However, this gives me pause.  Everything I’ve read about ABS suggests it may be best to melt it right at the nozzle as quickly as possible.  I’ve found that ABS cools very rapidly too.  PLA on the other hand takes a while to cool (but, then again, I was running my extruder too hot) – with the parts being quite flexible for some time after printing.  If barrel entry temperature is that important, then it seems that PLA must need a longer time to melt.  If this is the case, should the nichrome be wrapped higher on the barrel?  If so, then Rick’s heater cores (which already seem very convenient) are downright brilliant – since you can probably easily adjust where the heat is being applied.

From Nophead’s comment I gather that I was, indeed, running my extruder too hot.  I found that at my ABS temperatures (220+) made the PLA just drip right out of the heater – and once that had basically stop it would then intermittently release little amber droplets of plastic.  I must have been really cooking it.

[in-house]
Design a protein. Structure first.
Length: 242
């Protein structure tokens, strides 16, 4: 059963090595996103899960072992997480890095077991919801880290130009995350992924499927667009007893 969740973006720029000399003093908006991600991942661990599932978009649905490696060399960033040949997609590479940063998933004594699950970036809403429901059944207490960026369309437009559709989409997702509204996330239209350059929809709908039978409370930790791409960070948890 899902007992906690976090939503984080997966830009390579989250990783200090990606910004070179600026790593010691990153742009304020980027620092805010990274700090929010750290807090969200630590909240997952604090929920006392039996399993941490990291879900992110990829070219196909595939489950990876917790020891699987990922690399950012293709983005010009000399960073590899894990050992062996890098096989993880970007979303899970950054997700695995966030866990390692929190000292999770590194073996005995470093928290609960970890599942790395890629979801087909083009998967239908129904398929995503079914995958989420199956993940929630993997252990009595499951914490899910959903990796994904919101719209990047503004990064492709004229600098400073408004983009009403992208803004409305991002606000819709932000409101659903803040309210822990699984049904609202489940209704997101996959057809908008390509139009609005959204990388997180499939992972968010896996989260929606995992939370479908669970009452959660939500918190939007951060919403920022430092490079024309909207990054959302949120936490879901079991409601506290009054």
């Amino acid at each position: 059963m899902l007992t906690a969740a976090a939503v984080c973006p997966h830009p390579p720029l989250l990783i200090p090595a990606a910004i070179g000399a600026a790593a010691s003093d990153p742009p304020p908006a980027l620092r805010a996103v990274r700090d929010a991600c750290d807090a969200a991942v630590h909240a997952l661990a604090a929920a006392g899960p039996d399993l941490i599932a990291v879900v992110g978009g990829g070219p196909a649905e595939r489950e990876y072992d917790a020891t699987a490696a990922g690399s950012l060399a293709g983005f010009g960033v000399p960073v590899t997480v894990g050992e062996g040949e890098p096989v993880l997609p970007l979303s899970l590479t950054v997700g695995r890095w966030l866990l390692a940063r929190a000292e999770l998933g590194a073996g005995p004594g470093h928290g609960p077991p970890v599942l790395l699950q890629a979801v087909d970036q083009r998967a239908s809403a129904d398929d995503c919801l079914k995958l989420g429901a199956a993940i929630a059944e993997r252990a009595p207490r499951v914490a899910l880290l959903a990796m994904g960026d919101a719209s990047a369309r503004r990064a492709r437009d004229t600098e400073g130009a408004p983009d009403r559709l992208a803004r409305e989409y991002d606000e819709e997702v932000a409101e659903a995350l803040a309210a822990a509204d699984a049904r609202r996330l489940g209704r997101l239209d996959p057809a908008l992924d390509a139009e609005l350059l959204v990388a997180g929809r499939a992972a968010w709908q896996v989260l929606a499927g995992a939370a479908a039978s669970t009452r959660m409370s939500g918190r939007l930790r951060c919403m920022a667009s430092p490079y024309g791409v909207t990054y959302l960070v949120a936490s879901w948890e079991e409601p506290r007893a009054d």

With the limited printing I managed with PLA I found that it printed well with my non-temperature ABS Skeinforge settings.  So, before I go back to PLA I think I’ll finish tuning my ‘bot using Nick Ames’ Skeinforge tutorial.

How are you printing with PLA?

I’d like to print in PLA, I really would.  No warping?  No rafts?  Smells like syrup?  Makes kittens and rainbows?  Sign me up!

Rick from MakerGear has the following suggestions for printing in PLA:

  • Have a 150-160 C degree temperature for the entry of the barrel
  • He notes that the nozzle temperature is roughly 190 C degrees
  • However, later he suggests printing at 220-235 was possible
  • He suggests not to worry overmuch about PLA in the threads – its just one of those things

Nick McCoy offered several pieces of wisdom:

  • He found that 10W-30 oil added lightly to the PLA as it entered the extruder, by adding oil to a piece of cotton wrapped around the filament, helped it print without jamming
  • He noticed that pausing the extruder for more than a few seconds would jam the barrel
  • He found he could print at 180-210 degrees (I assume he’s measuring the nozzle temperature as you would with an ABS setup)

Nick’s results suggesting a nozzle temperature of 180-210 seem to match up with Rick’s findings of 190 or so.  I think I’ll give Polly another shot and see if I can extrude at those temperatures.